I check out portable Victorian pulpits. Small ones, you know. They do exist, ebay-ers, but our flat is also small, and there is really nowhere to put one except the bathroom, and then the hamper will have to sit on the bed.

But, man, I’m picturing Churchill, standing at his desk to work (when not working in his bath). There’s got to be a way.

So, I measure the kitchen counter, which is 4 cm too short, and find a big wide book that measures 4 cm from the countertop to support my laptop. I put a block of wood at my foot to act as a foot rail, like the ones in wild-west bars. True, I have to clear my laptop away to cook at all, and wipe down my counter to work, but the view of the Victorian pub, sometimes accessorized with Morris dancers, traffic accidents, and magpie battles, inspires me.  And the extra movement and shifting of position, when combined with taking walks outside, helps enhance this happy-brain profession so that it’s a more movement-oriented career.  As well, for those of us working on computer screens, it’s well to know that we’re meant to look up and focus into the distance every few minutes. I find I do that when I’m standing far more than when I’m sitting.

Now, to turn off my wifi.  Lovely.  Oh! Look, a squirrel.

Cheers, Mel

Pulp Literature is running, with terrific rewards, a Kickstarter campaign to startup a boutique publishing house, with Allaigna’s Song: Overture  leading the way to more fantasy, science fiction, mystery, steampunk, and historica titles.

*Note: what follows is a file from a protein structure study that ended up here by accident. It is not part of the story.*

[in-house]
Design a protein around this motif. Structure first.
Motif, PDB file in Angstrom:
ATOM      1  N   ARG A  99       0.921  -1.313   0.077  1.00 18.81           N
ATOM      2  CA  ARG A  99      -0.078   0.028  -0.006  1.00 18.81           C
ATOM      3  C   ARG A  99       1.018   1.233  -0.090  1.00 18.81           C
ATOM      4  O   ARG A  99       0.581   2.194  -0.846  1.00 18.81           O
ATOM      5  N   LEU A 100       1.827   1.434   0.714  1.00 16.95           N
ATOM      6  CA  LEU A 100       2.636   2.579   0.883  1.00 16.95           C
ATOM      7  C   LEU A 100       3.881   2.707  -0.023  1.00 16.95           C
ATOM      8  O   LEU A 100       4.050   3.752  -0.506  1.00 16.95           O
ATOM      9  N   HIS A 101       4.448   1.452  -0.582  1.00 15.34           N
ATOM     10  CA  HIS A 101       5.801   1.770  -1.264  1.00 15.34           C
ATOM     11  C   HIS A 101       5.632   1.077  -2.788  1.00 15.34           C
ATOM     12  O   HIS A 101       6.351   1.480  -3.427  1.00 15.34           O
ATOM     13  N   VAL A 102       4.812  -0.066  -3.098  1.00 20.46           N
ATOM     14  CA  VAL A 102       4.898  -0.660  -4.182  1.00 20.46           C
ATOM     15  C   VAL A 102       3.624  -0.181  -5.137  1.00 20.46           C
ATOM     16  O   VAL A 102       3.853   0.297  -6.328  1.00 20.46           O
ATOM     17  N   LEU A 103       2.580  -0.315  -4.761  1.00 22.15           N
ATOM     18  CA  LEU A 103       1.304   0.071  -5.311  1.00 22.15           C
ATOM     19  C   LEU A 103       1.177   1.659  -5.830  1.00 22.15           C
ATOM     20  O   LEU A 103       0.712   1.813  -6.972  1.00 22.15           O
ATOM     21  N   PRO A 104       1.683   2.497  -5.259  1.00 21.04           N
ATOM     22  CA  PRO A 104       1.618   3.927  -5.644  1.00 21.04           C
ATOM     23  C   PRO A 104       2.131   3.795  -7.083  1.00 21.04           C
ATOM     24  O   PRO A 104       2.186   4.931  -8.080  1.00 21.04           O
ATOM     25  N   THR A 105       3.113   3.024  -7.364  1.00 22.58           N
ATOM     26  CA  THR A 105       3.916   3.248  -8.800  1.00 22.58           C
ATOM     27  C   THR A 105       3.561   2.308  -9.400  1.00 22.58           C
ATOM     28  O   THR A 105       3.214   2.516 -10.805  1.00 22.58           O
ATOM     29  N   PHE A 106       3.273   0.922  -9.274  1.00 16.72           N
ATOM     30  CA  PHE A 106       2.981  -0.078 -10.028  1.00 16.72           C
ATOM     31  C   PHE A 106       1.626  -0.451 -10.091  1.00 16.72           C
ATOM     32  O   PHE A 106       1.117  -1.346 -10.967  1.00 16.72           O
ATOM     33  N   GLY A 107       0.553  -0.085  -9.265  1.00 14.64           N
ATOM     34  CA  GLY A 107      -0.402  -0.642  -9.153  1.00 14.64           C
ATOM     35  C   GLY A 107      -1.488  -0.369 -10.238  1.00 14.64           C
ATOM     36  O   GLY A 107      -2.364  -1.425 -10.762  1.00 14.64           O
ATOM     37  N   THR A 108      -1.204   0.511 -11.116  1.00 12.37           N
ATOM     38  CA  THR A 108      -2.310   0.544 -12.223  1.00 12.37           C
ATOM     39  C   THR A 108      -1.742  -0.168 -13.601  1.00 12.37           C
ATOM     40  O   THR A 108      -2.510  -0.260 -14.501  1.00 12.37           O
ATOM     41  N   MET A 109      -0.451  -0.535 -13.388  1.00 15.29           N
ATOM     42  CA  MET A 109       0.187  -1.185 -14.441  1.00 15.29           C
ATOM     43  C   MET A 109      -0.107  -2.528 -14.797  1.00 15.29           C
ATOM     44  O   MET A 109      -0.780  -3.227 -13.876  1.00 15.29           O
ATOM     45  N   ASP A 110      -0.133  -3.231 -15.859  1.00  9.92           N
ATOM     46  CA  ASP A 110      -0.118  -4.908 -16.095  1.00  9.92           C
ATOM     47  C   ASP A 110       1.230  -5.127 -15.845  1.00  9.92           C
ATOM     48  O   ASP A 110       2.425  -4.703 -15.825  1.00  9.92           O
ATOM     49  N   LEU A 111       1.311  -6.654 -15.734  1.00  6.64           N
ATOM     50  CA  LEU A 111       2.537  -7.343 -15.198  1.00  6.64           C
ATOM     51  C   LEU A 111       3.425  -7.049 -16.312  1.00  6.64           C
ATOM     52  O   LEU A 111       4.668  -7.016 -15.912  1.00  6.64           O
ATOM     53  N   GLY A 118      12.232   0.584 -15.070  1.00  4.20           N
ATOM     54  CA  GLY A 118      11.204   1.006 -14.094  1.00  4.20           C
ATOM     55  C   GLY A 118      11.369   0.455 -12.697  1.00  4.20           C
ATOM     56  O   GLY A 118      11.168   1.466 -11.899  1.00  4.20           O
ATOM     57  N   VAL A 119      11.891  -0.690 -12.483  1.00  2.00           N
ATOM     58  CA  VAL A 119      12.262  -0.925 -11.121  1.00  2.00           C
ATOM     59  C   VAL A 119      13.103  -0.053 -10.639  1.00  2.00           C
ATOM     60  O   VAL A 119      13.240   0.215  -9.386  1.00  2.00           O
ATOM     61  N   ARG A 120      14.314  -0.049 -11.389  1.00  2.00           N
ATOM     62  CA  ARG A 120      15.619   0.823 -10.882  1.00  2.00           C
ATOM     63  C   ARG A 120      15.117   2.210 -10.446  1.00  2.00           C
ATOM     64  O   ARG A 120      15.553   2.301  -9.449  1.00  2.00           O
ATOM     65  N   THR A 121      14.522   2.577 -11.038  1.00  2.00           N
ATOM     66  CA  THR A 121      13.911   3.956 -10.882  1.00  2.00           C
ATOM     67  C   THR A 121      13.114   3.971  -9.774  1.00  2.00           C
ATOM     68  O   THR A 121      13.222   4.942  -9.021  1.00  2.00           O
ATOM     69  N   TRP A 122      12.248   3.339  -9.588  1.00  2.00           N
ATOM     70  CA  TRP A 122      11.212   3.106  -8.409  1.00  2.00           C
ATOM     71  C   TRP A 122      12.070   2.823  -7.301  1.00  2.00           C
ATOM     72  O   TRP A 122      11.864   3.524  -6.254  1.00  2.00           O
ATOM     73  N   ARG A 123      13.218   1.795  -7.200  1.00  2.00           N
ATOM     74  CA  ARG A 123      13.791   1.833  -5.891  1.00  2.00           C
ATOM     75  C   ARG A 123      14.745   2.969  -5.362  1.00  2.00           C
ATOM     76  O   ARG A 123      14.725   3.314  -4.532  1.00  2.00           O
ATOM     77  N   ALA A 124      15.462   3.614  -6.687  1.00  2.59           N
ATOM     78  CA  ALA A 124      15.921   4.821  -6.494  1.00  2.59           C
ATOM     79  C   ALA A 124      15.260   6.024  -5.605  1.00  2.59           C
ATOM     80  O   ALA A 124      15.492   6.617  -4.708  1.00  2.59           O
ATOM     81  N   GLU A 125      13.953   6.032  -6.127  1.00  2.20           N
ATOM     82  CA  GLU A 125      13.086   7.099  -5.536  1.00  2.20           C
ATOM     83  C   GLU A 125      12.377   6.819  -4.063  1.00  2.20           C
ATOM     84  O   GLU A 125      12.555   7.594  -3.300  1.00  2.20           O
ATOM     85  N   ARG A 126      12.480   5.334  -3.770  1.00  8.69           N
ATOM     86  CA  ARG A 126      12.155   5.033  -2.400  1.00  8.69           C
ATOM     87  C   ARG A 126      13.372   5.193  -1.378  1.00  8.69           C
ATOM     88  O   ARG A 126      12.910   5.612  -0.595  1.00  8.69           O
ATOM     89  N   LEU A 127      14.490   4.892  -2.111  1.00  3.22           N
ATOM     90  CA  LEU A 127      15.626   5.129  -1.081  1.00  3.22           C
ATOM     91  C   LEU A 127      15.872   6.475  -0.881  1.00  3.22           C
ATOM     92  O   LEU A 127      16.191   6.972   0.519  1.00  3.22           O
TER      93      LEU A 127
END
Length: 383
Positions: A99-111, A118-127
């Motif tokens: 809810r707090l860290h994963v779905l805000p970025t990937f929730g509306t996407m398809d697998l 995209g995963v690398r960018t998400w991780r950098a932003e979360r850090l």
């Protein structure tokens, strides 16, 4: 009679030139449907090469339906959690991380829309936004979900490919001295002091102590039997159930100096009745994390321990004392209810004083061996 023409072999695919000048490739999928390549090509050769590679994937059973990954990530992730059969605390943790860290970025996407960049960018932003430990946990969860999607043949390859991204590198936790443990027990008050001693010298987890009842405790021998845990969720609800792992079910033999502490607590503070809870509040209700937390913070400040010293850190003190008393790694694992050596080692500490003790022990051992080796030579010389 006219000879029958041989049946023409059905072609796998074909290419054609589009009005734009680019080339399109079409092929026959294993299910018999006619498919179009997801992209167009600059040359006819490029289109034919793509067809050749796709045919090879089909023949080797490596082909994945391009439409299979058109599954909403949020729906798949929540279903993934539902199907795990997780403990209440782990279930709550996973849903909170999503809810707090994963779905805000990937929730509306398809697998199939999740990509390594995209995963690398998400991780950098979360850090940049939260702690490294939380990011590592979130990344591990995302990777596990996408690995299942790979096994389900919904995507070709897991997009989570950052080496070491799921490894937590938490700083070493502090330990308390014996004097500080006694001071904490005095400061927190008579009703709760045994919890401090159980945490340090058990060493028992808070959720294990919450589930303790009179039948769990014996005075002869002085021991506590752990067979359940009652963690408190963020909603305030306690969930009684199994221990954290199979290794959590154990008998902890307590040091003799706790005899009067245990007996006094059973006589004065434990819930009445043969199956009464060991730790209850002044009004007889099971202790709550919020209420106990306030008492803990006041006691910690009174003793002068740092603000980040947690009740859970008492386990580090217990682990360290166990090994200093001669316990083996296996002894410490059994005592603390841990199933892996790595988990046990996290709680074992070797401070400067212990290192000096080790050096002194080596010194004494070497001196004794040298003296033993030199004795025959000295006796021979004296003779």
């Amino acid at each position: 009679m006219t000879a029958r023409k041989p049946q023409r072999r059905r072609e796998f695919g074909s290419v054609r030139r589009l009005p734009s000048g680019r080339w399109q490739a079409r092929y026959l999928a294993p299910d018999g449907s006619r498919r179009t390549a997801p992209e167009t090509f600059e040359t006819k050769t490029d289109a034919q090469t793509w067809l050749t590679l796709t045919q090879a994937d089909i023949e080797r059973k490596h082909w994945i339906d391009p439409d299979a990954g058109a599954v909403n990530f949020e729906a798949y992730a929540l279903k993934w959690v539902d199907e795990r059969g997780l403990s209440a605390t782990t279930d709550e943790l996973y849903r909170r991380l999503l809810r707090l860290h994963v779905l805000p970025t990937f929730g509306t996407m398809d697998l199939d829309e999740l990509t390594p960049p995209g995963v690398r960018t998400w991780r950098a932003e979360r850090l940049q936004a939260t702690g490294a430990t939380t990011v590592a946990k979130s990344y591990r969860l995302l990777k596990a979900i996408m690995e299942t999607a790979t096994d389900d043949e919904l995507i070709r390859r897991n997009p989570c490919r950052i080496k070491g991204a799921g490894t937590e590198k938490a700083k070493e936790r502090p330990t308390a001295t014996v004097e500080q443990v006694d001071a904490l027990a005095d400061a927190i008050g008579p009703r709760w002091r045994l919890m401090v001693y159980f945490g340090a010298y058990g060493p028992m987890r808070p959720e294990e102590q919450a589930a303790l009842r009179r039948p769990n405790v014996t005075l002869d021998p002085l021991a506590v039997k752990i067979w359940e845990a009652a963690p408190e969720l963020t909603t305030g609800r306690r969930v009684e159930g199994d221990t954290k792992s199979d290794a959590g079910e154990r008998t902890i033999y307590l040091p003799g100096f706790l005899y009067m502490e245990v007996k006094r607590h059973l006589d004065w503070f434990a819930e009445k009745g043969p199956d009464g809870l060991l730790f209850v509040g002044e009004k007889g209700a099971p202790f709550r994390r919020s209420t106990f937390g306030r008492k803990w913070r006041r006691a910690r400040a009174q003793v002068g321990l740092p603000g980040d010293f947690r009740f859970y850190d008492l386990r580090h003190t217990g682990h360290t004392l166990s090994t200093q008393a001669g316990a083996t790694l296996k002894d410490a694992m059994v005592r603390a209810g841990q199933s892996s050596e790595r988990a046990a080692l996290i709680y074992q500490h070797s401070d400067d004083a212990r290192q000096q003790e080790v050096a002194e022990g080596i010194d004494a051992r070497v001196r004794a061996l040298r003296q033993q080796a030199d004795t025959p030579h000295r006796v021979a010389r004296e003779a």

45eeddf5c7712aa1b4db548092c36a3b_originalHere’s where to get it: Kickstarter’s Pulp Literature Press, Something Novel.

Your Writer’s Life: Six Ways You’re Living it Now

summerFew will argue that the path to being a full-time writer isn’t a challenging one, but then it’s also difficult to become doctors and lawyers and such.  I observe that nobody says to those aspirants, as they say to writers, “Ha, don’t quit the day job.” Instead they exclaim, “Wow, a doctor, good for you, that’s a hard career to get into. How are you going to manage that?”

It’s a good question for us to answer anyway.  And it’s a time-management, organizational question. 

Here are six ways to know you’re closer than you ever thought to success in your writing career.

  1. You think and plan both long-term and short-term.
  2. You rely on preparation and love of the craft to write, rather than the inspiration of the moment.
  3. You have already found ways to encourage and give back to other writers.
  4. You think beyond the manuscript to reaching your readers.
  5. You can answer the question, “What’s your book about?” in a sentence.
  6. You devise a way to carve out a few large (1 ½ hours perhaps for drafting and revising) and many small (3 to 10 minutes for planning, polishing, and marketing) chunks of time during the week. These blocks of time may be flexibly scheduled but are certainly sacrosanct.

All the success experts insist that we need dreams of success to help spark action, and time management common sense agrees that if you’re excited about something brilliant and feasible, you’re likely to do the hard work that’s needed to achieve it with efficiency and focus.

I hope you’ll have a terrific writing day today.